The main phosphonate acid systems used in treating the formation may be formulated merely by adding the phosphonate compounds of the invention to standard hydrofluoric acid mixtures used in the treatment of sandstone. The optimal concentration of the phosphonate used should be determined based upon solubility tests performed on samples of the formation to be treated. The amount of phosphonate used could vary from about 0.1% by weight of the total solution up to as much as 15% by weight, depending on whether hydrochloric acid is also used. However, concentrations will normally be between about 0.3-2.0% by weight of the solution when using hydrochloric/hydrofluoric acid. Stronger hydrochloric/hydrofluoric acid mixtures can also be used with the phosphonate acid systems than was used previously with conventional acidizing treatments. Between 0.25-15% by weight of the hydrofluoric acid can be used in the phosphonate acid systems. However, the ratio of hydrochloric acid to hydrofluoric acid should be kept between 3:1 to 4:1 at these higher concentrations.
Once the phosphonate acid has been introduced into the formation, it is preferable not to flow the wells immediately after treatment. Better results are obtained with soaking times of between 1 and 6 hours. A hydrochloric or ammonium chloride afterflush may then be used. The afterflush should be between 7 to 15 pore volumes for the first foot of formation.
To illustrate the effectiveness of the phosphonate acid systems, core flow tests were conducted using various acid treatments. Due to equipment limitations, cores were not saturated using vacuum, but nitrogen was used to push the fluids, causing fluctuation in the liquids rate due to the presence of the gas. Field cores and Berea cores varying in length from 2 to 14 inches and from 1 to 2 inches in diameter were used having permeabilities ranging between 0.5 to 3 md. From all core flow tests carried out using phosphonate acids, the ones with 4 to 6 hours shut in time produced better results. Considering that clay solubility is limited in these acids, the permeability improvement could only be derived from slow dissolution of the quartz portion of the matrix. The normal volume of acid used in the core flow test was around 10 to 20 pore volumes. Compressive strength was measured in a few tests before and after acid flow to check the matrix integrity. An average reduction in the compressive strength of between 5 to 10% was observed. Table 11 shows results obtained in 5 core flow tests performed on 14 inch long Berea Sandstone cores of 2 inches in diameter of various acid systems.
TABLE 11*__________________________________________________________________________ Overall Overall Last 2" Last 2" Pre-Job Post-Job Pre-Job Post-Job Overall Last 2"Pre After Perm To Perm to Perm To Perm To Flow FlowFlush Main Acid Flush Diesel diesel Diesel Diesel Ratio Ratio__________________________________________________________________________7.5% 7.5:1.5HCl:HF 3% Am. 35.4 65.0 64 93 1.83 1.45HCl Cl7.5% RHF ACID 3% Am. 17.5 7.2 19.6 8.2 0.41 0.41HCl Cl7.5% CLAY ACID 3% Am. 30.5 30.4 26.5 22.6 1.0 0.85HCl Cl7.5% 7.5:1.5 3% Am. 42.0 144.0 17.9 25.22 3.42 1.46HCl HCl:HF + 6 Cl GPT HY7.5% 7.5:1.5 3% Am. 5.5 8.8 7.0 7.0 1.60 1.0HCl HCl:HF + 6 Cl GPT HY7.5% 24:6 3% Am. 8.8 58.0 7.0 84.0 6.60 12.0HCl HCl:HF + 18 Cl GPT HY7.5% 12:3 HCl:HF + 3% Am. 33 61.5 36 55 1.86 1.52HCl 12 GPT HY Cl no Claytrol__________________________________________________________________________ *GPT indicates gal/1000 gals using 50% strength HY acid.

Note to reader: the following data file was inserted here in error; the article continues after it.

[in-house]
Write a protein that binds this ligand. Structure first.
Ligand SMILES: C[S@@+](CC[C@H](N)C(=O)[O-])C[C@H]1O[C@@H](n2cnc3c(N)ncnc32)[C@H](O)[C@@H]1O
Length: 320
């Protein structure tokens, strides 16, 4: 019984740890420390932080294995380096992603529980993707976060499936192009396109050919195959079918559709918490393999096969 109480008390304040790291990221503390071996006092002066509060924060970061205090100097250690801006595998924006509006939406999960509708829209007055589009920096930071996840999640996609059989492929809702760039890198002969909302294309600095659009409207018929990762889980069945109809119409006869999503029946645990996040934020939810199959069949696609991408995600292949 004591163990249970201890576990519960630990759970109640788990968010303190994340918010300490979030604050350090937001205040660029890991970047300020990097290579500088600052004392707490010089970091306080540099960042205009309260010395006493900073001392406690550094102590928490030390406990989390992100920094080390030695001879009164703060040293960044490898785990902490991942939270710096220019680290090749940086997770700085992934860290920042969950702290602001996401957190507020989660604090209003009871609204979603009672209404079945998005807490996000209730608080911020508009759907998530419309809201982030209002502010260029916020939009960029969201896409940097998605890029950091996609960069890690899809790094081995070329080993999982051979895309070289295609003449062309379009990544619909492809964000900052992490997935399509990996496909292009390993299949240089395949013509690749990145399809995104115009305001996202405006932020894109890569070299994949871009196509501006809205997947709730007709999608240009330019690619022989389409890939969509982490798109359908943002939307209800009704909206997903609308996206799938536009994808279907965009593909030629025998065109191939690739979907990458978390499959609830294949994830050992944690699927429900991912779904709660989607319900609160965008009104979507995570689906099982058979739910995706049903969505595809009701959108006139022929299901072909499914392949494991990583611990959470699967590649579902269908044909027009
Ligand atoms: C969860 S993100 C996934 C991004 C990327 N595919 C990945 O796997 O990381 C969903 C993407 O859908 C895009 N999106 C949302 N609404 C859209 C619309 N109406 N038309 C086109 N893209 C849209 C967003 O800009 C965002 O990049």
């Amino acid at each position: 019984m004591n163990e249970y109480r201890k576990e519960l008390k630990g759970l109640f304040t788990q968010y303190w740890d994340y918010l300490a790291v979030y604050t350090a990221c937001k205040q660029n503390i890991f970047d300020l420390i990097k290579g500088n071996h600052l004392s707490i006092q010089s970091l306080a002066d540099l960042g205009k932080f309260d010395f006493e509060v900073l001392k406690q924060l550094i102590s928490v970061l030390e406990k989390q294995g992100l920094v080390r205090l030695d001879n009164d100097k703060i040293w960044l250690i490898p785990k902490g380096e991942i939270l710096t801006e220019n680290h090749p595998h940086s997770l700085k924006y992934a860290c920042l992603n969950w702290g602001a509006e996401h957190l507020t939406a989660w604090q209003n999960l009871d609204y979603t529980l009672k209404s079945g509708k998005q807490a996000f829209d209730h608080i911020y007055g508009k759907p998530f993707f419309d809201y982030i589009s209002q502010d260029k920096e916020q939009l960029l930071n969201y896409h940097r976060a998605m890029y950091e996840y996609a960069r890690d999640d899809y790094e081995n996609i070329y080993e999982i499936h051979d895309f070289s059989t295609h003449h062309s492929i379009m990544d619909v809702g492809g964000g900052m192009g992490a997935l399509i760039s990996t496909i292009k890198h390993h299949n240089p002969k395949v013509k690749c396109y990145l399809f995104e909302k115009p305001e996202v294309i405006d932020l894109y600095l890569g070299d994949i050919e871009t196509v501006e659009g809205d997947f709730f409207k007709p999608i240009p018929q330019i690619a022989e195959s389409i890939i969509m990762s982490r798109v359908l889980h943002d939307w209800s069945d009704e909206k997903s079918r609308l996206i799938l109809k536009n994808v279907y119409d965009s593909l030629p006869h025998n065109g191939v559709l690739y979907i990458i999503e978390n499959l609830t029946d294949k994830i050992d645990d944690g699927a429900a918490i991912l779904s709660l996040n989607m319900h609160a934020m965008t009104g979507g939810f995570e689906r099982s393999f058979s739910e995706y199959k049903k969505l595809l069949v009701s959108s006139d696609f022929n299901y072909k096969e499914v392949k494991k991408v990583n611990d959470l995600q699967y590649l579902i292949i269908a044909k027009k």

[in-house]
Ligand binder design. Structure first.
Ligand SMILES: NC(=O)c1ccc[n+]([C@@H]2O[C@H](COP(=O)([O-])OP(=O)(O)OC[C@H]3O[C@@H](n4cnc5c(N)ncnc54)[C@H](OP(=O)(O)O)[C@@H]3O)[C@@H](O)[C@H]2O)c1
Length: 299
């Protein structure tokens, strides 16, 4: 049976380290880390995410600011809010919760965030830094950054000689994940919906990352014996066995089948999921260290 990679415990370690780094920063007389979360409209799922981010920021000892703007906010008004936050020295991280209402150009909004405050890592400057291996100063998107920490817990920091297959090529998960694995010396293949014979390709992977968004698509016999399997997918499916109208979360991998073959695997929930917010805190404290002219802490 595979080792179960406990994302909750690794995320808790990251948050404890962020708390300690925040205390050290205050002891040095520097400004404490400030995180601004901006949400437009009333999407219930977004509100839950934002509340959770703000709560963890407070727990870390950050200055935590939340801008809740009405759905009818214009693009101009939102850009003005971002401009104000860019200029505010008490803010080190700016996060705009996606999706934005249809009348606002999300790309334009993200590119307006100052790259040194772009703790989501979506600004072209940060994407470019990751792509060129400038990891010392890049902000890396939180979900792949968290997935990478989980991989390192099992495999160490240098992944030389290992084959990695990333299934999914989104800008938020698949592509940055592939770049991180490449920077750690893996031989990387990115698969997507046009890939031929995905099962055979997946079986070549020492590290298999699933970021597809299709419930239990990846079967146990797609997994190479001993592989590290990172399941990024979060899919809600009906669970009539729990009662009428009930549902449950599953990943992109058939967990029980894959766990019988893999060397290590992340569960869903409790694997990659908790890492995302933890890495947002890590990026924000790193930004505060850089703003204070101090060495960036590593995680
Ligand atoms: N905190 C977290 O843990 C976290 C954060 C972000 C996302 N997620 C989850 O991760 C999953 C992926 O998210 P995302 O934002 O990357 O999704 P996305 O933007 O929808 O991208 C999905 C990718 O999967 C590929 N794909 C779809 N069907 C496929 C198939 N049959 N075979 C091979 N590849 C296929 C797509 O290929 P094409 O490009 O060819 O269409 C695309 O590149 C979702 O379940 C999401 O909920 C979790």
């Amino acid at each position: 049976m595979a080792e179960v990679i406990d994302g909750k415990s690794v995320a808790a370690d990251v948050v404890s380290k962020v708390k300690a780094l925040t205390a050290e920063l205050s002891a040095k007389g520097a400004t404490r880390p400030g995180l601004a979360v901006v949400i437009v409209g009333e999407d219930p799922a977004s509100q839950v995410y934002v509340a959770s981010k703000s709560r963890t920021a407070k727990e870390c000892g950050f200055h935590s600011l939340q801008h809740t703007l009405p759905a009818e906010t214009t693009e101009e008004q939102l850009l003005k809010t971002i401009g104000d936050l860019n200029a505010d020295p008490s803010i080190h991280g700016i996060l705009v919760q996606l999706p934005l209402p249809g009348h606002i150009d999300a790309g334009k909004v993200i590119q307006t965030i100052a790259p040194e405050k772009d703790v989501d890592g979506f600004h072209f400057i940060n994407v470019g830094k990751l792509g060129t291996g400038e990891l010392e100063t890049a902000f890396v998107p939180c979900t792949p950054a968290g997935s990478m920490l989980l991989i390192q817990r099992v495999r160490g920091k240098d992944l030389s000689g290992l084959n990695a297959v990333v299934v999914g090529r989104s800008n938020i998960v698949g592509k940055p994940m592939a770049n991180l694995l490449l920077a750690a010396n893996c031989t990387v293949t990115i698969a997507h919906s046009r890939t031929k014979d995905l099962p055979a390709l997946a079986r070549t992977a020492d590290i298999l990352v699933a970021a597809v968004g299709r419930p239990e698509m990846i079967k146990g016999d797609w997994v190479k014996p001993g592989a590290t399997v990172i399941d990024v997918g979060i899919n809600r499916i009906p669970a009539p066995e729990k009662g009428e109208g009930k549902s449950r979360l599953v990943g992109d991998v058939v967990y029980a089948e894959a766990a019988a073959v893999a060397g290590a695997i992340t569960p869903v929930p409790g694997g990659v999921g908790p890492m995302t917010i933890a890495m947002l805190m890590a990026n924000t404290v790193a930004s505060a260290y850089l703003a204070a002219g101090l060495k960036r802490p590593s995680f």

There are several advantages to the acid systems of the invention. Because the acids retard the reaction of hydrofluoric acid with silicates, it is not necessary to hydrolyze ammonium bifluoride in order to slow down the reaction. Thus, liquid hydrofluoric acid can be used in preparing the main acid. The retarded reaction rate with the silicates also allows the hydrofluoric acid to react more readily with quartz or silica while leaving the cementitious or clay components of the formation intact so that the integrity of the formation is not compromised. The phosphonates also have the ability to maintain alumini and silicate complexes in suspension which would otherwise precipitate out and clog the pore spaces of the formation. The phosphonate acids of the invention also leave the formation water wet so that production is not adversely affected after being treated.
The phosphonate acid systems also have a variety of applications in addition to normal matrix acidizing. Although they are of particular use in sandstone formations, they could also be used in the acidizing of carbonate formations. They can be used for remedial workovers of oil and gas wells to remove sand deposits and keep silicates in suspension. The presence of the phosphonate compounds within the well also aid in reducing scale buildup. The phosphonate acids can be gelled using viscosifiers, such as xanthan gum, for either friction reduction or to gel the acid to improve acid diversion or distribution into the rock's matrix. It is also within the scope of the present invention to incorporate phosphonate acids into acid fracturing treatments, especially in low permeability (short frac) sandstone formations. In such applications the phosphonate acid systems would be injected into the well at a high enough pressure to form fractures or open existing fractures. Channels are formed by the dissolving of material within the fractured formation with the channels remaining open after the pressure is reduced.
Although the invention has been described with reference to a specific embodiment, this description is not meant to be construed in a limiting sense. Various modifications of the disclosed embodiment as well as alternative embodiments of the invention will become apparent to persons skilled in the art upon reference to the description of the invention. It is therefore contemplated that the appended claims will cover any such modifications or embodiments that fall within the true scope of the invention.
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|U.S. Classification||166/307, 507/237, 507/933, 507/923|
|International Classification||C09K8/74, C09K8/60|
|Cooperative Classification||Y10S507/933, Y10S507/923, C09K8/74, C09K8/607|
|European Classification||C09K8/60K, C09K8/74|
|Dec 30, 1994||AS||Assignment|
Owner name: BJ SERVICES COMPANY, TEXAS
Free format text: ASSIGNMENT OF ASSIGNORS INTEREST;ASSIGNORS:ARIAS, GINO F. DI LULLO;AHMAD, ATIKAH JAMILAH;REEL/FRAME:007302/0502
Effective date: 19941219
|Jul 29, 1997||CC||Certificate of correction|